+ World Health Organization: The disease is moving faster than the control efforts.

+ The New Yorker’s Michael Specter: “‘The single biggest threat to man’s continued dominance on this planet is the virus’ the Nobel Prize-winning biologist Joshua Lederberg once wrote. Few epidemiologists would disagree. There is no bomb, no poison, no plan of attack with the potential to do as much damage.”

5. We Gotta Get Out of This Place

“What if taking vacation not only made you healthier and happier, as a number of studies have shown, but everyone around you?”

+ Between work, connectivity, and picking up the slack for those who are out of town, is summer the busiest time of the year?

+ According to science, and Charles Dickens, you should leave work at 2pm and go for a long walk. (That doesn’t leave much time for binge-watching Netflix.)

6. Follow the Money

“Driving through the Mission together around midnight, Buzi noticed a man who seemed down on his luck on the side of the road. He tried to hand some money to him, but scared him off. ‘There’s probably a better way to do this,’ Budman said. ‘Like what? We’ll just hide money around?’ Buzi replied. It turned out to be that simple.” Meet the folks behind the Hidden Cash Twitter account. They managed to make generosity go viral.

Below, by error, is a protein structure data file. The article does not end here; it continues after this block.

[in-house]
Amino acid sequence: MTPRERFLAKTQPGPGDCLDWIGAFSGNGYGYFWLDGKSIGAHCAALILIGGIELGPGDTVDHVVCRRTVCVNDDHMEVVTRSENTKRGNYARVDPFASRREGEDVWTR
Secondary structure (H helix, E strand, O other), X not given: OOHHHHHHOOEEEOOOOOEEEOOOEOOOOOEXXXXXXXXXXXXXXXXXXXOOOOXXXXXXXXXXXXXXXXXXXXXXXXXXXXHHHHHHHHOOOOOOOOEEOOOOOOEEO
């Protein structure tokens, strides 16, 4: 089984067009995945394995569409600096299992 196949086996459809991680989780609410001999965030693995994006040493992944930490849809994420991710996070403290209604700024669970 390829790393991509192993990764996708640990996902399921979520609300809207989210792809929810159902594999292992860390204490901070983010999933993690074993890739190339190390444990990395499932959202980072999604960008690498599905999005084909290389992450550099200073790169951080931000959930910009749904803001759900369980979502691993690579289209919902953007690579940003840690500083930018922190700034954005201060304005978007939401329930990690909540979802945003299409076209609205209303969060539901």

7. The Bottom Line

Patagonia figured out a way to make wetsuits out of a natural rubber derived from a desert shrub. Needless to say, they were stoked. Then they shared the idea with their competitors. “Instead of holding the manufacturer of the rubber, Yulex, to a yearslong exclusive contract, Patagonia is encouraging its competitors to use the product, hoping to see its use grow and drive down the price.” The NYT’s Diane Cardwell: When the bottom line includes Earth. (I should note that NextDraft is printed on recycled internet.)

+ James Surowiecki on the rise of the B-Corp, for-profit companies that pledge to achieve social goals as well as business ones.

8. Ice Ice Barista

“Right away, I sensed it was going to be huge. Blue Bottle was already making 10,000 cartons a week, even though they’d only rolled out in San Francisco, Los Angeles, and New York. Somehow, Freeman had scaled perfection. On behalf of all craftspeople, including writers, I had to know how.” The Atlantic’s Alexis Madrigal on Blue Bottle and the future of iced coffee.

9. Downward Dogma

“What is being sold or promoted is hopelessly entangled with what is supposed to be the message, as if saying: ‘Breathe free, pose well, and buy enlightenment, sexiness, joy, and peace!'” The Baffler’s Jorian Polis Schutz on Yoga in America: The State of Stretching.

10. The Bottom of the News

Facebook went down for a few minutes. So obviously, people called the Sheriff. (In fairness, it’s a lot less stressful than calling Comcast…)

+ This is how you umpire a little league game. (Do they check these guys for ‘roids?)

+ The real estate Rorschach test: Neverland is for sale.

+ Why won’t anyone give Tom Brady a high-five?